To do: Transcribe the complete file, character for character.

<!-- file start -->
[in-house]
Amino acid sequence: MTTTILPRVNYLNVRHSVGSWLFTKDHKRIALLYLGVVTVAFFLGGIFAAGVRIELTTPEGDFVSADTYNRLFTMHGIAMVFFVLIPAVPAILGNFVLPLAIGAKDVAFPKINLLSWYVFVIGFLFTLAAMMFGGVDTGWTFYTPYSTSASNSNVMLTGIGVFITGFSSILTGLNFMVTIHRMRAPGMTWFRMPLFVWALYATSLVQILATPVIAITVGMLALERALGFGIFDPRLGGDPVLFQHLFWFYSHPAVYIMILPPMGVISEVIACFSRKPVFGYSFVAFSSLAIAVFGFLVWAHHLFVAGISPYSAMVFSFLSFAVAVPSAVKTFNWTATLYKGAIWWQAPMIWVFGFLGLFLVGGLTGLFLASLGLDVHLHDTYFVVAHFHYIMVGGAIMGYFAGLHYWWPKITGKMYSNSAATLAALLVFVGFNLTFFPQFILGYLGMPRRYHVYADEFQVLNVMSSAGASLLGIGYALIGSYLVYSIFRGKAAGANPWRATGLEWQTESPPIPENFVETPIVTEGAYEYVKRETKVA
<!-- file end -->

[in-house]
Amino acid sequence: MTTTILPRVNYLNVRHSVGSWLFTKDHKRIALLYLGVVTVAFFLGGIFAAGVRIELTTPEGDFVSADTYNRLFTMHGIAMVFFVLIPAVPAILGNFVLPLAIGAKDVAFPKINLLSWYVFVIGFLFTLAAMMFGGVDTGWTFYTPYSTSASNSNVMLTGIGVFITGFSSILTGLNFMVTIHRMRAPGMTWFRMPLFVWALYATSLVQILATPVIAITVGMLALERALGFGIFDPRLGGDPVLFQHLFWFYSHPAVYIMILPPMGVISEVIACFSRKPVFGYSFVAFSSLAIAVFGFLVWAHHLFVAGISPYSAMVFSFLSFAVAVPSAVKTFNWTATLYKGAIWWQAPMIWVFGFLGLFLVGGLTGLFLASLGLDVHLHDTYFVVAHFHYIMVGGAIMGYFAGLHYWWPKITGKMYSNSAATLAALLVFVGFNLTFFPQFILGYLGMPRRYHVYADEFQVLNVMSSAGASLLGIGYALIGSYLVYSIFRGKAAGANPWRATGLEWQTESPPIPENFVETPIVTEGAYEYVKRETKVA